Gifts for Tea Lovers - A Brief History of the Tea Caddy
I owe my love of history and tea to my mom. She was Dutch and inherited a daily tea habit and a love of special mugs, many with warming lids, tea pots and tea cozies. For my Dutch grandparents it was coffee time in the morning and tea time in the afternoon. There was a tea cabinet full of brightly colored tins illustrated with Golden Age Dutch paintings and tops that opened with a satisfying pop, freeing the aromas of earl grey or darjeeling from their secret insides.
Part of tea's early popularity was it's expense and rarity. From its first appearance in lands outside areas of cultivation, tea was accompanied by a guardian. Known as a Tea Caddy, these lockable boxes derive from the Malay term for "kati," the unit of weight used in tea sales. As early explorers, the Italians and Portuguese encountered tea in 1516, though it was a 1555 book that truly introduced tea to Europe. Tea came to Amsterdam in the early 1600s, brought back by the Dutch East India Company. By 1636 tea reached France, and though the Russian ambassador had been gifted tea by China, he didn't like it and thus delayed the introduction of tea to Russia by 50 years.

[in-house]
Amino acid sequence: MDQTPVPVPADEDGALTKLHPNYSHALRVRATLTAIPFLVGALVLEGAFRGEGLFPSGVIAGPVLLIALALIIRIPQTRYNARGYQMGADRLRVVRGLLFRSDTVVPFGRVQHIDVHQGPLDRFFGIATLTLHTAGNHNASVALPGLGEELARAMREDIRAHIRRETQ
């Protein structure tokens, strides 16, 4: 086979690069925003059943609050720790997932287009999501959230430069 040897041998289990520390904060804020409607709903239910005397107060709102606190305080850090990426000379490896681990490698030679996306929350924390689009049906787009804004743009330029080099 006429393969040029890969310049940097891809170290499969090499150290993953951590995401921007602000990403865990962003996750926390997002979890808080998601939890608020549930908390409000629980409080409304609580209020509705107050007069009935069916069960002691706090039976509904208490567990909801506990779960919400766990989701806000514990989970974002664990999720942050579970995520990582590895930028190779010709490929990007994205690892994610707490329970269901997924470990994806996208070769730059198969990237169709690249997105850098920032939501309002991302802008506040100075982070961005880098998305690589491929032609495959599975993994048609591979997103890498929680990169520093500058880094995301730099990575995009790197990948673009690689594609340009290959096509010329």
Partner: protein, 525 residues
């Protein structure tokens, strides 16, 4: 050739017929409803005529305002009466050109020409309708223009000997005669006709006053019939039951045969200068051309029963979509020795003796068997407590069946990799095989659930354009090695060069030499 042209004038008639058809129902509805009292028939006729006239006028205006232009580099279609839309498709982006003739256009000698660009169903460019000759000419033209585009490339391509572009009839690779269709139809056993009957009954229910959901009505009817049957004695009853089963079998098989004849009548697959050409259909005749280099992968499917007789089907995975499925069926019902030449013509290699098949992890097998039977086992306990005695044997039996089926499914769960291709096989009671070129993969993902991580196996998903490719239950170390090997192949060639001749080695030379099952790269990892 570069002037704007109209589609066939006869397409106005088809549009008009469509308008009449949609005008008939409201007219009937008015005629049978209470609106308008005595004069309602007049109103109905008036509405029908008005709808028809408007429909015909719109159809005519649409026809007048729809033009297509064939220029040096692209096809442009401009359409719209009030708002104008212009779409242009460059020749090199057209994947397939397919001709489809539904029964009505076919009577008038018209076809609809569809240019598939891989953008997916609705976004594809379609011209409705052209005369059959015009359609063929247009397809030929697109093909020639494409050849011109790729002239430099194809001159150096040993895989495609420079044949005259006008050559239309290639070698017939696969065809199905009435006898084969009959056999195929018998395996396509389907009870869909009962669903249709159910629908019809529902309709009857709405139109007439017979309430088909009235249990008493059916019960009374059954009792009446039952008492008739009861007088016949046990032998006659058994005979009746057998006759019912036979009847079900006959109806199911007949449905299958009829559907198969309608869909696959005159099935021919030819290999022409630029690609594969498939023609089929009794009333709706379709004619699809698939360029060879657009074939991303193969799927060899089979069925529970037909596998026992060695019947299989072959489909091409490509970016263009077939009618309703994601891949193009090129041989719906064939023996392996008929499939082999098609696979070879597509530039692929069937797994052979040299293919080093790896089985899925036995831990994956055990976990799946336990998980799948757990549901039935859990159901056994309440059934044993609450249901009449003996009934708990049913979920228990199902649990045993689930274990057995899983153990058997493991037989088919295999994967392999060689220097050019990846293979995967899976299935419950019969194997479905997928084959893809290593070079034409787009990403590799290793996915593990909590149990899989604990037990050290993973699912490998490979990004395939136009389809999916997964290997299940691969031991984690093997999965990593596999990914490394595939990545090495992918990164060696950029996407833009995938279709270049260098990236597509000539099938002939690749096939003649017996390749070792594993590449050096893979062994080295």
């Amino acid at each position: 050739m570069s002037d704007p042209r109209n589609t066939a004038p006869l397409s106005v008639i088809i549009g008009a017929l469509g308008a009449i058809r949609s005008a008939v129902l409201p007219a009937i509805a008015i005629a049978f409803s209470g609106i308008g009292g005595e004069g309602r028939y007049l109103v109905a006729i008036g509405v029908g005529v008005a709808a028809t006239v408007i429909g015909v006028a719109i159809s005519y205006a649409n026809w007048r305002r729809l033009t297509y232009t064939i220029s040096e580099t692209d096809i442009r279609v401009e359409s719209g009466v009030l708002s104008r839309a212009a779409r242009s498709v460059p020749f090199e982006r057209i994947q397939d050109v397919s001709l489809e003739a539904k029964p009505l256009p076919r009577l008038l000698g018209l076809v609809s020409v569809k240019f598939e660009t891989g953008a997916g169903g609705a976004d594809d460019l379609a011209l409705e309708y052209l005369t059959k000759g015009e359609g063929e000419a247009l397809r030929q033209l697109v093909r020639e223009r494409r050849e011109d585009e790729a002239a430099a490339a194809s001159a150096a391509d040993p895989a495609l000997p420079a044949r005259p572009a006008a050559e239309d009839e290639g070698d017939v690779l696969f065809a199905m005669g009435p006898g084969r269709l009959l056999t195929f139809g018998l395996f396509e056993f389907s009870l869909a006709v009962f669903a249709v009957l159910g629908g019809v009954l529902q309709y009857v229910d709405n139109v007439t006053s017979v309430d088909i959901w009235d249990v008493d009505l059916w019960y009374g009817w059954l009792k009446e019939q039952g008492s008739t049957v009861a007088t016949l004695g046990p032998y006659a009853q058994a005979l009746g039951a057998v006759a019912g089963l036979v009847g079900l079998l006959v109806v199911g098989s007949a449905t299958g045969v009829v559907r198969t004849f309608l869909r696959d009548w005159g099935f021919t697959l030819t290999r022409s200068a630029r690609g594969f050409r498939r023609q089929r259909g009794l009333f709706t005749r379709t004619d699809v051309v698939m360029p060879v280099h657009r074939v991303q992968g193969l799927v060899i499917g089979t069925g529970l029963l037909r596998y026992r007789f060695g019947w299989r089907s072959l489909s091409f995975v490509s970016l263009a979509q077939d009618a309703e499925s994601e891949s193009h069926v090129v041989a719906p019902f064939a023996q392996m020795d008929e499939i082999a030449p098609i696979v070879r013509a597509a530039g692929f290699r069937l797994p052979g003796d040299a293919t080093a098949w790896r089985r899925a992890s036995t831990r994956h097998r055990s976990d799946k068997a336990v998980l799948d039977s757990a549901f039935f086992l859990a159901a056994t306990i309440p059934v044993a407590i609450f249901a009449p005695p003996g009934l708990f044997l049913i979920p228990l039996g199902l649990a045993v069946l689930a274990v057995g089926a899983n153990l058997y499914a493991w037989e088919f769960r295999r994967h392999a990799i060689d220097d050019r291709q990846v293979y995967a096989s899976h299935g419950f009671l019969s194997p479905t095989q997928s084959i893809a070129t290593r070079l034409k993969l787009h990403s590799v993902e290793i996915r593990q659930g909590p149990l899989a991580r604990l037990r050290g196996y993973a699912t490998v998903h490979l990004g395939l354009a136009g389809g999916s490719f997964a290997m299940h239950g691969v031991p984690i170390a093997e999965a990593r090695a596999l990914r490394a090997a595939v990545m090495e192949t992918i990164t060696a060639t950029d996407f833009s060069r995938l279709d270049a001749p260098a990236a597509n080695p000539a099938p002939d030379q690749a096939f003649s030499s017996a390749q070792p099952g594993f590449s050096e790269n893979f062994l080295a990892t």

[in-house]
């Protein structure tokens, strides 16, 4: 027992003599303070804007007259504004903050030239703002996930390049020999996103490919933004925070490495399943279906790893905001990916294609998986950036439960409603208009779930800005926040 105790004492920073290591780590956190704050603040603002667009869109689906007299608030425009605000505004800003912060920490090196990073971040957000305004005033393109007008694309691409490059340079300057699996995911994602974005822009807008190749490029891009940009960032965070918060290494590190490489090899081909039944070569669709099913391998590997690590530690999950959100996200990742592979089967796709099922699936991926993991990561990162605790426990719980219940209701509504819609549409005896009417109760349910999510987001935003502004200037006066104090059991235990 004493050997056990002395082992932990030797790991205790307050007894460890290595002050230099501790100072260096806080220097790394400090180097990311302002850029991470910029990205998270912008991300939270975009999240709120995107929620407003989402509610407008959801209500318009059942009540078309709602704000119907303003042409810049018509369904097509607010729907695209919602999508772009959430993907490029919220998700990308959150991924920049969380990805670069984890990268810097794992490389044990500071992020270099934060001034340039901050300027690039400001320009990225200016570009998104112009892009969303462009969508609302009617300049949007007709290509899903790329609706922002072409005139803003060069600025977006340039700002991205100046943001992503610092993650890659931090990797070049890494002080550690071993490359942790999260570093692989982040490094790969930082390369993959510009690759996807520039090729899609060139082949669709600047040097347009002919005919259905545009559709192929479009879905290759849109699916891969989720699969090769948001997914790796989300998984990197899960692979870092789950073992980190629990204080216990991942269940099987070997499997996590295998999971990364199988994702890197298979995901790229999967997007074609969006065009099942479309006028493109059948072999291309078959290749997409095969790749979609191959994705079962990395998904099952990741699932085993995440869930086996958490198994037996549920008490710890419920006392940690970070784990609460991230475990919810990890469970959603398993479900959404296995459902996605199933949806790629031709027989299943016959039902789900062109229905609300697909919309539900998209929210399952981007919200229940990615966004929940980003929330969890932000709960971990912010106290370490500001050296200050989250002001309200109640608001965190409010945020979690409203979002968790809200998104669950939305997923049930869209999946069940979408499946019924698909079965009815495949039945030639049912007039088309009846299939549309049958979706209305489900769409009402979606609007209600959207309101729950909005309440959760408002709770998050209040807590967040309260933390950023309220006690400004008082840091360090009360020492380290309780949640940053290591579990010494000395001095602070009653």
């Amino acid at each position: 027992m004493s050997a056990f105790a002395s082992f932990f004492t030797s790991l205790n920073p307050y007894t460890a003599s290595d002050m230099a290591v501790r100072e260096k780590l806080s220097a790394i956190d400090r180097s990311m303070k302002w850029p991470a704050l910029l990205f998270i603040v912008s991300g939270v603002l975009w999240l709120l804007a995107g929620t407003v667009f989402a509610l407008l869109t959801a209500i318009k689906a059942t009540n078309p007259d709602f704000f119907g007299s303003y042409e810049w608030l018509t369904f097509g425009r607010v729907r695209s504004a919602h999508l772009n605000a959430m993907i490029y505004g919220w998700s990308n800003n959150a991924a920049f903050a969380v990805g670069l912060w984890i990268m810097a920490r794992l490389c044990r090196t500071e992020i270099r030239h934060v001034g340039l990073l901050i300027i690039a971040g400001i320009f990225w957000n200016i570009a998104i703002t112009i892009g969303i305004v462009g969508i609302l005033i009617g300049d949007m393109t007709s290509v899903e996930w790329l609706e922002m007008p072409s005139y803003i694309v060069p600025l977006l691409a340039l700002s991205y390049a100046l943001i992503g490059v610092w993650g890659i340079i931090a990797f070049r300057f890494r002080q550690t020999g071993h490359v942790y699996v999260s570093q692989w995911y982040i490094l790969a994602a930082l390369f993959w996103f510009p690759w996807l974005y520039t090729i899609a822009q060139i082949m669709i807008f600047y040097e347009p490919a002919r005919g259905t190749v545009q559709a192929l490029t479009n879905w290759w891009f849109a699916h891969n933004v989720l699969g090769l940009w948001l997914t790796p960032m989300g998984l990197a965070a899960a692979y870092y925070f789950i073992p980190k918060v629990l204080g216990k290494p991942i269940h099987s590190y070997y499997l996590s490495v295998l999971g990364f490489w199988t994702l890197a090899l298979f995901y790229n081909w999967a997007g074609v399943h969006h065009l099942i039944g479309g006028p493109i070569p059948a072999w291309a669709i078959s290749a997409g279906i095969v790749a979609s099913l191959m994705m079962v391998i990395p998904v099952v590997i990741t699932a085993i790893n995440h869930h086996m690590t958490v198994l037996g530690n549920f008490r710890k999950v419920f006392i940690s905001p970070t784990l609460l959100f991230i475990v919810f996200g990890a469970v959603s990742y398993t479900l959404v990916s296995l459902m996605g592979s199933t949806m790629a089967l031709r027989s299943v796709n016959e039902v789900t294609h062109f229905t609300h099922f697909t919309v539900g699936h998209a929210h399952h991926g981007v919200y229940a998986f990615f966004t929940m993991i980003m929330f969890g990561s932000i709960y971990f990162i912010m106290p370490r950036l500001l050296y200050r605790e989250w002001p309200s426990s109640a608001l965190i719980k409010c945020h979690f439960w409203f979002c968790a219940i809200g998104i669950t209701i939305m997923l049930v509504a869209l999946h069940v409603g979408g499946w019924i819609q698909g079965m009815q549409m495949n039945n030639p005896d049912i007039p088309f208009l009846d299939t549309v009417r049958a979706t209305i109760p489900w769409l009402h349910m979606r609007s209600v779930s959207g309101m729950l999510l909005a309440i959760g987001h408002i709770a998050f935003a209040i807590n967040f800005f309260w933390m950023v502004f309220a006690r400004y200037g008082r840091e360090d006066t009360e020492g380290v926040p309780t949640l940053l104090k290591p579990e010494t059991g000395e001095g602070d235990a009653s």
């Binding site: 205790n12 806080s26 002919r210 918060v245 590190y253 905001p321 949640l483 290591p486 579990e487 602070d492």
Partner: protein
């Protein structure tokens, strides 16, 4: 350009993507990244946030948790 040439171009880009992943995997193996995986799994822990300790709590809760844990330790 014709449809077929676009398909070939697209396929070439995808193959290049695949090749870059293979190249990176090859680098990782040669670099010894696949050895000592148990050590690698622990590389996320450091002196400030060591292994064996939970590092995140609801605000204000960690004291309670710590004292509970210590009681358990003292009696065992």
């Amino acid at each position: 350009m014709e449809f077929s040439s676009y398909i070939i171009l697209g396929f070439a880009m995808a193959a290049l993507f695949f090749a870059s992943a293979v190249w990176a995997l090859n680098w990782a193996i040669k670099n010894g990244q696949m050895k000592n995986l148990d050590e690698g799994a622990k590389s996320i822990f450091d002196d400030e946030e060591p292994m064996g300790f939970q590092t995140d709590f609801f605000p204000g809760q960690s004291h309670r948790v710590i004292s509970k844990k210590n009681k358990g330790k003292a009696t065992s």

Tea and related accoutrements conveyed taste and wealth, like this ornate novelty set of Georgian tea caddies from the late 18th century. The most simple Tea Caddy would hold tea, perhaps in a plain box with its tiny key, kept safe by the lady of the house. By the 1800s, as tea became more affordable, the production of tea chests and tea caddies blossomed. Demand for tea caddies as functional items was nearly gone by the end of the 18th century once tea was available in packaging. Now they are treasures and keepsakes.
Below, a 19th century version boasts Neoclassical Greek inlay pattern, popular in the Victorian era - notice the tiny key!
Take a peek inside this London-made 19th century twin tea caddy, with a protective inner lid for each tea compartment.
If you love history and tea - you'll love our vintage tea caddy key necklace, made from a vintage tea chest key cast in solid sterling silver or bronze to make a forever keepsake.